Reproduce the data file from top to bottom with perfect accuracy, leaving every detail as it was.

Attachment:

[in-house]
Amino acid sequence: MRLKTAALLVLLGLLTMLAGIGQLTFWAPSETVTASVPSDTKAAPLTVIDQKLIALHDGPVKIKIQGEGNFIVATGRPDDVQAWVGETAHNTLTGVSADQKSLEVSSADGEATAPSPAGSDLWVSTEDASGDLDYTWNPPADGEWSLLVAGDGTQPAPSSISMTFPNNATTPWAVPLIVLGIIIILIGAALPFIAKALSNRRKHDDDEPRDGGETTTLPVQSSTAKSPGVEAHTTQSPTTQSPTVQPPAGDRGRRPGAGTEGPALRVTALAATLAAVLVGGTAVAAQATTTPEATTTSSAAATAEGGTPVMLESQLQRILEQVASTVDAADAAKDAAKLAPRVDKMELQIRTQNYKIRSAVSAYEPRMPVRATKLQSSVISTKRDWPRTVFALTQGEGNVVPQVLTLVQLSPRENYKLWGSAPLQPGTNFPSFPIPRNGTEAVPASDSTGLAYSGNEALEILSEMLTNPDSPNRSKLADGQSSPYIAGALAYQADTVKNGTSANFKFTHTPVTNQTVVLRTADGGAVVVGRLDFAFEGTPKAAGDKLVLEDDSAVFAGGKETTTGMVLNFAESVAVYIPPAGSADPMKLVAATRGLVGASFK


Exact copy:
[in-house]
Amino acid sequence: MRLKTAALLVLLGLLTMLAGIGQLTFWAPSETVTASVPSDTKAAPLTVIDQKLIALHDGPVKIKIQGEGNFIVATGRPDDVQAWVGETAHNTLTGVSADQKSLEVSSADGEATAPSPAGSDLWVSTEDASGDLDYTWNPPADGEWSLLVAGDGTQPAPSSISMTFPNNATTPWAVPLIVLGIIIILIGAALPFIAKALSNRRKHDDDEPRDGGETTTLPVQSSTAKSPGVEAHTTQSPTTQSPTVQPPAGDRGRRPGAGTEGPALRVTALAATLAAVLVGGTAVAAQATTTPEATTTSSAAATAEGGTPVMLESQLQRILEQVASTVDAADAAKDAAKLAPRVDKMELQIRTQNYKIRSAVSAYEPRMPVRATKLQSSVISTKRDWPRTVFALTQGEGNVVPQVLTLVQLSPRENYKLWGSAPLQPGTNFPSFPIPRNGTEAVPASDSTGLAYSGNEALEILSEMLTNPDSPNRSKLADGQSSPYIAGALAYQADTVKNGTSANFKFTHTPVTNQTVVLRTADGGAVVVGRLDFAFEGTPKAAGDKLVLEDDSAVFAGGKETTTGMVLNFAESVAVYIPPAGSADPMKLVAATRGLVGASFK